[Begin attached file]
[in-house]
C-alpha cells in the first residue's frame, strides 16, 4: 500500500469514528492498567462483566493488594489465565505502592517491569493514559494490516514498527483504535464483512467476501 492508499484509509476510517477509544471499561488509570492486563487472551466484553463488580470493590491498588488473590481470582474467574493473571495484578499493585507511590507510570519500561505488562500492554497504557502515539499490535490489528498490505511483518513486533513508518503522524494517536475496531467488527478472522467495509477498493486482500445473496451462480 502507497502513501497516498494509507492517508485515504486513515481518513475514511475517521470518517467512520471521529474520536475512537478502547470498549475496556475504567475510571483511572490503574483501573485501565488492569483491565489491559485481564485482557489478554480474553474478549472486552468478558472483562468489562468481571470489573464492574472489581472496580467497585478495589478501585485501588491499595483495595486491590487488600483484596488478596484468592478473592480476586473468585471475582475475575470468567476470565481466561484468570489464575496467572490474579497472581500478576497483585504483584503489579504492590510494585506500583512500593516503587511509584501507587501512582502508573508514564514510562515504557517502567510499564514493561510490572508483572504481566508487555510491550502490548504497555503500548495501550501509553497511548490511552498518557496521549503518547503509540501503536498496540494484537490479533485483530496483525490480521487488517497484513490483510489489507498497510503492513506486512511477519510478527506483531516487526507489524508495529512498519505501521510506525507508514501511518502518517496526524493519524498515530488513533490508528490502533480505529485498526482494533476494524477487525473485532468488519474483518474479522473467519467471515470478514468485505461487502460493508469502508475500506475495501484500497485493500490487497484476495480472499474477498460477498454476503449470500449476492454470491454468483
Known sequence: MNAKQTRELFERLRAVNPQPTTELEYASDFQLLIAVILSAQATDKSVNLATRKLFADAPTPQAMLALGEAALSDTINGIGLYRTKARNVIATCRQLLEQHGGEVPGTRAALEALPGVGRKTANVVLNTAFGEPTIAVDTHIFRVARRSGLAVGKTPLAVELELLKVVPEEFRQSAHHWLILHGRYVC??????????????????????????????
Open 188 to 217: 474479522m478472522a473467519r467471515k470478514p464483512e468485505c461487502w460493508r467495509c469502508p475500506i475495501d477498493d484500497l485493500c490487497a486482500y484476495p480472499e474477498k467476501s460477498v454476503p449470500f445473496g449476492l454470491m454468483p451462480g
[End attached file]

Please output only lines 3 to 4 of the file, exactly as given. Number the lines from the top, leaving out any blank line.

Known sequence: MNAKQTRELFERLRAVNPQPTTELEYASDFQLLIAVILSAQATDKSVNLATRKLFADAPTPQAMLALGEAALSDTINGIGLYRTKARNVIATCRQLLEQHGGEVPGTRAALEALPGVGRKTANVVLNTAFGEPTIAVDTHIFRVARRSGLAVGKTPLAVELELLKVVPEEFRQSAHHWLILHGRYVC??????????????????????????????
Open 188 to 217: 474479522m478472522a473467519r467471515k470478514p464483512e468485505c461487502w460493508r467495509c469502508p475500506i475495501d477498493d484500497l485493500c490487497a486482500y484476495p480472499e474477498k467476501s460477498v454476503p449470500f445473496g449476492l454470491m454468483p451462480g